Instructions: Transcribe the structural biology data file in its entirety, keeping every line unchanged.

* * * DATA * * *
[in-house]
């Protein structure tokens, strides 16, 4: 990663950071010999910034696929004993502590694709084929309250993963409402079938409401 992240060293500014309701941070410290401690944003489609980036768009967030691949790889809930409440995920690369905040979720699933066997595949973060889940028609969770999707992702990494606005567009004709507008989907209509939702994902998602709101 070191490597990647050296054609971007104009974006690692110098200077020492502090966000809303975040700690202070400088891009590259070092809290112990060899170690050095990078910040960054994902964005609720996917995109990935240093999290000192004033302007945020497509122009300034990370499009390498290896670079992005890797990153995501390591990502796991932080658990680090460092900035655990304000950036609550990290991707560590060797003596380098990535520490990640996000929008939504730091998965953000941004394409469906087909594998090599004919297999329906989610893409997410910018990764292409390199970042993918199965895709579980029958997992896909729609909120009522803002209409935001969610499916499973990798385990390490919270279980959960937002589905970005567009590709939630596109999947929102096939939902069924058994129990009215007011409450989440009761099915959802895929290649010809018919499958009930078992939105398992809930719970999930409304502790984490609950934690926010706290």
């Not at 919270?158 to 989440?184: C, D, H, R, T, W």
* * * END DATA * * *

[in-house]
């Protein structure tokens, strides 16, 4: 990663950071010999910034696929004993502590694709084929309250993963409402079938409401 992240060293500014309701941070410290401690944003489609980036768009967030691949790889809930409440995920690369905040979720699933066997595949973060889940028609969770999707992702990494606005567009004709507008989907209509939702994902998602709101 070191490597990647050296054609971007104009974006690692110098200077020492502090966000809303975040700690202070400088891009590259070092809290112990060899170690050095990078910040960054994902964005609720996917995109990935240093999290000192004033302007945020497509122009300034990370499009390498290896670079992005890797990153995501390591990502796991932080658990680090460092900035655990304000950036609550990290991707560590060797003596380098990535520490990640996000929008939504730091998965953000941004394409469906087909594998090599004919297999329906989610893409997410910018990764292409390199970042993918199965895709579980029958997992896909729609909120009522803002209409935001969610499916499973990798385990390490919270279980959960937002589905970005567009590709939630596109999947929102096939939902069924058994129990009215007011409450989440009761099915959802895929290649010809018919499958009930078992939105398992809930719970999930409304502790984490609950934690926010706290």
């Not at 919270?158 to 989440?184: C, D, H, R, T, W």